Wednesday, February 16
Ari took me to the Questura in Pescia this week to see if I can get an Italian passport. The Questura is a branch of the police that deals with permits and documents for foreigners. I have vivid memories of the Questura in Padova, because in 2001-02, Lucy and I made six fruitless trips to the Questura in a vain attempt to get a permesso di soggiorno, permission to stay in Italy for an extended time. I will write about this struggle on another day. Today begins a new battle.
About ten days prior before we came, I received the welcome news from the Italian Consulate in San Francisco that my application for Italian citizenship had been approved, after more than ten years of efforts—again a long story that I will save for another day.
Today I have in my hands a letter stating that my citizenship has been recognized and my documents have been sent to my nonno’s birthplace, Pescia, to be recorded. The letter further states that I can go to San Francisco to obtain my passport, which will require a photograph and fingerprinting. I don’t have time to fly to San Francisco, so I decide I will see if I can get a passport in Pescia.
I already have an American passport, of course, so why do I even want an Italian passport? Well, I could now work here legally, unlike ten years ago, when I was paid under the table. I have no plans to get a job, but someday maybe my children or grandchildren may want to, so I have obtained my citizenship partly to benefit them. But it would also make it easier for me to buy property or a car here, and those are things that I may want to do some day. And then there is the inner satisfaction of feeling that I belong here, that I am more than just a visitor here, that I am of here. I know I will never speak Italian without an accent, never understand all the figures of speech, hand gestures and customs—but for some reason, deep inside I have always been fiercely proud of my heritage. I don’t really know why, because my dad never made a big deal of it. If anything, it might have come from my sister and brother, who spent their early years living in my grandparents’ house with Nonno, Dad and Mom. Linda and Roger were proud to be Italian, and they had a relationship with Nonno that I had missed out on, which could have increased my longing for this connection.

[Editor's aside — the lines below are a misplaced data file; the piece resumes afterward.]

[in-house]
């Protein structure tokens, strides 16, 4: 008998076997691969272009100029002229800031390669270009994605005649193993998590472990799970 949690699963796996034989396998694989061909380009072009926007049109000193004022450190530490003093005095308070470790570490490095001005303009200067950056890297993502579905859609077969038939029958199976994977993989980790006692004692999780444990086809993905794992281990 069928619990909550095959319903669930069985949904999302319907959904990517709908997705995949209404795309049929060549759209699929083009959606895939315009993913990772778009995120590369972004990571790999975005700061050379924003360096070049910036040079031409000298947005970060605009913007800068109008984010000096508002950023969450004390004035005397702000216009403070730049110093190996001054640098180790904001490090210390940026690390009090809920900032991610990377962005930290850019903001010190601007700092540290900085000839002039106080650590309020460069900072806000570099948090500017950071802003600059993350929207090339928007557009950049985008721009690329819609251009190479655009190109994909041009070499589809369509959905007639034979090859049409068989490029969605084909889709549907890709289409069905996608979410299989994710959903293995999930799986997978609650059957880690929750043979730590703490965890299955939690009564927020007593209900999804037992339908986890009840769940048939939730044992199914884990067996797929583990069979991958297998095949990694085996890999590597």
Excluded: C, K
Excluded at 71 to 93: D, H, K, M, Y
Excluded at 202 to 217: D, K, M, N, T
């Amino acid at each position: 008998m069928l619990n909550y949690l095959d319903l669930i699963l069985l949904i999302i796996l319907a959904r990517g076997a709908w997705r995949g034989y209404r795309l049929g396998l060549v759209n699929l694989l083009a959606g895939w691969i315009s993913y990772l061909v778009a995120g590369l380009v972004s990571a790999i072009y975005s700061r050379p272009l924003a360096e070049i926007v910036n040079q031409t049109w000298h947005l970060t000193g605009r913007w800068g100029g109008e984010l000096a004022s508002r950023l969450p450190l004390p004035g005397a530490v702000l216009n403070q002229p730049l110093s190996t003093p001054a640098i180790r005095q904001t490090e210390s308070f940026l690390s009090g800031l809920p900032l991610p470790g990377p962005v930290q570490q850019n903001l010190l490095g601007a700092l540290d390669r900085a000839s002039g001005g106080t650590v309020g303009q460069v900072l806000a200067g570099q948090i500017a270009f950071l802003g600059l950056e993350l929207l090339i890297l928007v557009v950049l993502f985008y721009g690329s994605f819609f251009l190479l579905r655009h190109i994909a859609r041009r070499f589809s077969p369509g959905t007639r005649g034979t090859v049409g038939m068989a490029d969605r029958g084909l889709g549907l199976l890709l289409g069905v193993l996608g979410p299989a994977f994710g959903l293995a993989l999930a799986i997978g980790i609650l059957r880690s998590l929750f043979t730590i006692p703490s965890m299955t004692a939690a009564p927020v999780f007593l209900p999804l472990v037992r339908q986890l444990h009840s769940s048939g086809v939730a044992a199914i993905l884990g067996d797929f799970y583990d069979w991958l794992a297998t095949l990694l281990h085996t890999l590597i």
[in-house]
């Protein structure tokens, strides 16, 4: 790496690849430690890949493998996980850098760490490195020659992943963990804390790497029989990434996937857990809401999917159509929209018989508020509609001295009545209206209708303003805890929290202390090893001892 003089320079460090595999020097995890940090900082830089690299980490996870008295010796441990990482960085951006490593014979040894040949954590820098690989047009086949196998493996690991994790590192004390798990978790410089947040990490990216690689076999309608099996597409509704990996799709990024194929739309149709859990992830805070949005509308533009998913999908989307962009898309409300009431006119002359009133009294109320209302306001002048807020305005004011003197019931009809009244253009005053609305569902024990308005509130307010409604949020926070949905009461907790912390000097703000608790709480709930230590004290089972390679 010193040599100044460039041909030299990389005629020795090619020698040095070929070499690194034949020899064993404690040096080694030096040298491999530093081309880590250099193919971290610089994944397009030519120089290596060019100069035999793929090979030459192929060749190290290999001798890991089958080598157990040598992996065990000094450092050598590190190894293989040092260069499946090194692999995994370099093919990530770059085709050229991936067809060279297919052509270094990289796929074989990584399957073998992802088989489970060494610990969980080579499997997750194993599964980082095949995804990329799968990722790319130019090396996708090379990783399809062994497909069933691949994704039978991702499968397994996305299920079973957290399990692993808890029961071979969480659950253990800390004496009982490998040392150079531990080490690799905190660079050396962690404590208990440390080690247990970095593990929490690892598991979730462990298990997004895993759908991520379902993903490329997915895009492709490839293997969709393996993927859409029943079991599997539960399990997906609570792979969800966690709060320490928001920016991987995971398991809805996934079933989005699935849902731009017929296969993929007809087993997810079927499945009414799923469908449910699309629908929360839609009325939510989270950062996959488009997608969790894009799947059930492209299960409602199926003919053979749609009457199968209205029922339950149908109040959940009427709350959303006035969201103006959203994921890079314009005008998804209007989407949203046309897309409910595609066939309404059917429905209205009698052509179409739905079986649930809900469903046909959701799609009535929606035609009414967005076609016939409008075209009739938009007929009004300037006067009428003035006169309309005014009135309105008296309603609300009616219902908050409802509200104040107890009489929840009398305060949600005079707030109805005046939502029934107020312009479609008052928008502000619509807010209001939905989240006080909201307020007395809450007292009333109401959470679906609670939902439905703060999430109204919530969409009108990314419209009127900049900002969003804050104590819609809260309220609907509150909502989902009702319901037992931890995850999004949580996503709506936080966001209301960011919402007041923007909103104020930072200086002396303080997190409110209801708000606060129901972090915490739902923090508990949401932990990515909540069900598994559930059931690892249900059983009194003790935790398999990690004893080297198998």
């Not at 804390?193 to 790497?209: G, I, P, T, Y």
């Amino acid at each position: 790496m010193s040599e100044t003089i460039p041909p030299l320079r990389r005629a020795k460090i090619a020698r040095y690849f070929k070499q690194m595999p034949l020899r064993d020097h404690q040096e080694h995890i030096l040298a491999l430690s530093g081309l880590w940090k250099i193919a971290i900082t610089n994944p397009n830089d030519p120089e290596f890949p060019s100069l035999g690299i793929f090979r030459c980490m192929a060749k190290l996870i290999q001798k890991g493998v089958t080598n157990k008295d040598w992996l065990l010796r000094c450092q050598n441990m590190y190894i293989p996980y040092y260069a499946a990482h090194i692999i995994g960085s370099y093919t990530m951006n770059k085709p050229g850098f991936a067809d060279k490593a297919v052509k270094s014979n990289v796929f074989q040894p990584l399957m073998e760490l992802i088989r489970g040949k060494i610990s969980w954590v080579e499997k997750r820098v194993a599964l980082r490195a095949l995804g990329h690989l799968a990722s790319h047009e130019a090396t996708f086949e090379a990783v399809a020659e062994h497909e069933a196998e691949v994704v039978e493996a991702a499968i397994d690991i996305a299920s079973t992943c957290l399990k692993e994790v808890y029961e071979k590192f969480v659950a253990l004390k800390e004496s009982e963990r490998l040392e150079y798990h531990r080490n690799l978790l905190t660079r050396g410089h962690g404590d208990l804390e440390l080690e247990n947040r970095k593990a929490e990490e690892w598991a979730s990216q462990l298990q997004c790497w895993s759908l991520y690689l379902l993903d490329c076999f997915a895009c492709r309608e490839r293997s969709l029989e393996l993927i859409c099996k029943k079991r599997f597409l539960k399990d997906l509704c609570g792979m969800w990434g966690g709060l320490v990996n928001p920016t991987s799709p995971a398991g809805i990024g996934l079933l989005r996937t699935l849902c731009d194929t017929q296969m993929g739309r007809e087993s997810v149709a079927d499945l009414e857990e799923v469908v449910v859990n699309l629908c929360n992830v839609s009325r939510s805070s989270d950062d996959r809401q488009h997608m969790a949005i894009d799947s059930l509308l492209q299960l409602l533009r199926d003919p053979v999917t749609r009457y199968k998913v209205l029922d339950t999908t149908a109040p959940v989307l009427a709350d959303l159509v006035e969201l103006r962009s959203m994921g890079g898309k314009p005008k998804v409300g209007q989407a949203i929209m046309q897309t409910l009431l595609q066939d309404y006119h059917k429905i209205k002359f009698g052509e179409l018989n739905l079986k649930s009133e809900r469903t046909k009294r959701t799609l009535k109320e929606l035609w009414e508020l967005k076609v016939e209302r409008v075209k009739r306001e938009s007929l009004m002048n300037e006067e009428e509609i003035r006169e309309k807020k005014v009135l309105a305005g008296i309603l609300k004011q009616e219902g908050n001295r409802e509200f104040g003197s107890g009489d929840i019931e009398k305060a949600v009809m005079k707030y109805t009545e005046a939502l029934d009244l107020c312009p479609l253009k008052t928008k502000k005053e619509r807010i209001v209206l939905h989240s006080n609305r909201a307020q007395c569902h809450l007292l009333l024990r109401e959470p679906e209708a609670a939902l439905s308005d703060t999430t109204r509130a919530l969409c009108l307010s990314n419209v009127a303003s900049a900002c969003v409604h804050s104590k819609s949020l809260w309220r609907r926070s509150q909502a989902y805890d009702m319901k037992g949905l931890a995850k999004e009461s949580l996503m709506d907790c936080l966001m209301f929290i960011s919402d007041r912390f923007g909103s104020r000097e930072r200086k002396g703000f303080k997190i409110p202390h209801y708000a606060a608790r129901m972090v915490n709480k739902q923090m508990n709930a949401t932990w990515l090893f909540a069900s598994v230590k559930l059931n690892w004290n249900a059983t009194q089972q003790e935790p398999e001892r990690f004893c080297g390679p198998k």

So here I am at the Questura with Ari, who has lived in Italy since he was thirteen and knows the officers personally. He has brought me here in the late afternoon because he knows they will not be busy, and together they pore over my letter from the Consulate. After a ten-minute conversation, they determine that I am in the wrong place. I must first get a certificate of citizenship from the Comune before I can apply for a passport. The Comune is closed now, but Ari will go there tomorrow and make some inquiries and give me a call. His wife used to work there and he assures me that he knows almost everyone there.
Some of the discussion at the Questura I am able to understand. I find out it will cost about 100 euros to get a passport, and then about 50 euros per year to keep it active. This is why Ari, who is also a dual citizen, only has an American passport. In Italy, he just uses his Italian identity card. Hmm, this sounds like a good idea to me. Can I do this too? Maybe. But to get an ID card, I must have the dimora, proof of residency. An agriturismo is a place for tourists, not residents, so our current address won’t do for our dimora. Do I have some cousins here, one of the officers asks. Maybe I could use their address. Yes, there is Enrico and his family. I don’t truly live there, but if that will be good enough for the Questura, it sounds fine to me. I am definitely in favor of saving money, and the only real advantage of a passport instead of an identity card is that I could go to Cuba with a passaporto italiano. Admittedly it would sound cool to say, “When I was in Cuba last year . . .,” but the reality is I have no desire to go there.
Ari takes me back to my apartment. I have come up empty on my first effort, but it is what we expected—it will take time. The next morning I get a phone call from Ari. He is at the Commune, they have located the documents from San Francisco and it will take about ten days to enter everything into their database. Ari will call me again when that is done, and we will go from there.